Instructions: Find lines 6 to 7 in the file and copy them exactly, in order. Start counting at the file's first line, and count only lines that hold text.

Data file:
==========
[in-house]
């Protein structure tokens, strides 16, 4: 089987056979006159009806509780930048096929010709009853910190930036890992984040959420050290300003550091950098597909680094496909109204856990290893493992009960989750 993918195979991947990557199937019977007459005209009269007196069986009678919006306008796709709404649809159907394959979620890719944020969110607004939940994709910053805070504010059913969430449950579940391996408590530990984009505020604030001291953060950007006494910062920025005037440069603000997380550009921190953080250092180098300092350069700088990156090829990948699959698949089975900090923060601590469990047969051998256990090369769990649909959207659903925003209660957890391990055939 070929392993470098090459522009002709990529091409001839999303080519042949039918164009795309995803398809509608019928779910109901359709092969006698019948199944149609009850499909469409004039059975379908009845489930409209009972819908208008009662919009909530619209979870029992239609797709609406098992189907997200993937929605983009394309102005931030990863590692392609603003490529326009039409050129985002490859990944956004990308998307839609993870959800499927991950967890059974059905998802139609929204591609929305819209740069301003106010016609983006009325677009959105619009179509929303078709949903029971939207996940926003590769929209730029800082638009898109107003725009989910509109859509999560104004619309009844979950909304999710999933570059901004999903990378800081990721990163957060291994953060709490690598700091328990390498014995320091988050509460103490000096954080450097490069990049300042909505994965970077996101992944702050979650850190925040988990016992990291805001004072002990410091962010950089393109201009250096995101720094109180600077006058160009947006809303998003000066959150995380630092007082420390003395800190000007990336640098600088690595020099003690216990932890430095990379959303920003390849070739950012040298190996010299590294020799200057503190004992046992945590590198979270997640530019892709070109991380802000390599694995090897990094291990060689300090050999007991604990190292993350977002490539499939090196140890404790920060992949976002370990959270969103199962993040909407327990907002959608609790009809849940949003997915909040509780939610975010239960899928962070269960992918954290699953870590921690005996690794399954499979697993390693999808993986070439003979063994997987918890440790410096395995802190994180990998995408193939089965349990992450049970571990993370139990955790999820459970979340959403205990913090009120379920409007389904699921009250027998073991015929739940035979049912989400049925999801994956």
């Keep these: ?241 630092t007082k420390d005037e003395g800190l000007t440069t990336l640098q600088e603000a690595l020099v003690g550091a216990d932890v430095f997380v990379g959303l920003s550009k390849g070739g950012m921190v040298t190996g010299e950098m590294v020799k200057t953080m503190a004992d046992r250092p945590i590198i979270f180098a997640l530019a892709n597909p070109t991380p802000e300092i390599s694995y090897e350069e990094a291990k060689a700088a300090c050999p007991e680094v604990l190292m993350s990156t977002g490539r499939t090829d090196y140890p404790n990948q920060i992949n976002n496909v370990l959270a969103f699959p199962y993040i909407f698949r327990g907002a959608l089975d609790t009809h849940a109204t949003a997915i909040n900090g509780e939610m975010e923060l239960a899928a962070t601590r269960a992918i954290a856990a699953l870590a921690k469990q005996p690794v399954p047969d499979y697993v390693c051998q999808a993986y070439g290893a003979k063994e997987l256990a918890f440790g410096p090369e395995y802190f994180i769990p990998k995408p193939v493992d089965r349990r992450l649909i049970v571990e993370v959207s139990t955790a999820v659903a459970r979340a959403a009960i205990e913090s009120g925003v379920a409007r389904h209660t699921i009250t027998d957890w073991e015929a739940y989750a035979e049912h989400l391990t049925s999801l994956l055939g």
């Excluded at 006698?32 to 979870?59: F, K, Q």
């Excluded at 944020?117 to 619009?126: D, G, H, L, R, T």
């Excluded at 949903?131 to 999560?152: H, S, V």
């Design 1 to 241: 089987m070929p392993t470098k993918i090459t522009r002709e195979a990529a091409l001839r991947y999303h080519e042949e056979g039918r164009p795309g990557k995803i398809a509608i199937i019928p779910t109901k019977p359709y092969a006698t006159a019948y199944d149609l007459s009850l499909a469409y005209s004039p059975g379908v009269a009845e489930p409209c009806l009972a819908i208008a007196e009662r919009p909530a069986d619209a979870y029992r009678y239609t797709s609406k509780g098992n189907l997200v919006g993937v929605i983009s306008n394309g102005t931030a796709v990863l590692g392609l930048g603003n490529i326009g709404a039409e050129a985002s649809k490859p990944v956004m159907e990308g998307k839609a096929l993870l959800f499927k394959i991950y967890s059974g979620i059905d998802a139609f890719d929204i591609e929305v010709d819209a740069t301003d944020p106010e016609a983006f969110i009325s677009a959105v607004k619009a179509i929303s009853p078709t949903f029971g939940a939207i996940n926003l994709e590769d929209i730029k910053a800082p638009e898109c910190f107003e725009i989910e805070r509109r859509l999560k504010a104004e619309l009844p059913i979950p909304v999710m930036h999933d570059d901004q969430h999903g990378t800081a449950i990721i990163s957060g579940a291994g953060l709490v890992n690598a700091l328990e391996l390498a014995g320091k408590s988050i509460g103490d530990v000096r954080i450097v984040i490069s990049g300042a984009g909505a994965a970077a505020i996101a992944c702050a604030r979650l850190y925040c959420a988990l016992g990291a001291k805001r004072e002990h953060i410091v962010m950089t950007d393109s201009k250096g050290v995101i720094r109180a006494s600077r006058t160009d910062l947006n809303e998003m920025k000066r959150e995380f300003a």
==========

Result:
């Excluded at 949903?131 to 999560?152: H, S, V």
């Design 1 to 241: 089987m070929p392993t470098k993918i090459t522009r002709e195979a990529a091409l001839r991947y999303h080519e042949e056979g039918r164009p795309g990557k995803i398809a509608i199937i019928p779910t109901k019977p359709y092969a006698t006159a019948y199944d149609l007459s009850l499909a469409y005209s004039p059975g379908v009269a009845e489930p409209c009806l009972a819908i208008a007196e009662r919009p909530a069986d619209a979870y029992r009678y239609t797709s609406k509780g098992n189907l997200v919006g993937v929605i983009s306008n394309g102005t931030a796709v990863l590692g392609l930048g603003n490529i326009g709404a039409e050129a985002s649809k490859p990944v956004m159907e990308g998307k839609a096929l993870l959800f499927k394959i991950y967890s059974g979620i059905d998802a139609f890719d929204i591609e929305v010709d819209a740069t301003d944020p106010e016609a983006f969110i009325s677009a959105v607004k619009a179509i929303s009853p078709t949903f029971g939940a939207i996940n926003l994709e590769d929209i730029k910053a800082p638009e898109c910190f107003e725009i989910e805070r509109r859509l999560k504010a104004e619309l009844p059913i979950p909304v999710m930036h999933d570059d901004q969430h999903g990378t800081a449950i990721i990163s957060g579940a291994g953060l709490v890992n690598a700091l328990e391996l390498a014995g320091k408590s988050i509460g103490d530990v000096r954080i450097v984040i490069s990049g300042a984009g909505a994965a970077a505020i996101a992944c702050a604030r979650l850190y925040c959420a988990l016992g990291a001291k805001r004072e002990h953060i410091v962010m950089t950007d393109s201009k250096g050290v995101i720094r109180a006494s600077r006058t160009d910062l947006n809303e998003m920025k000066r959150e995380f300003a």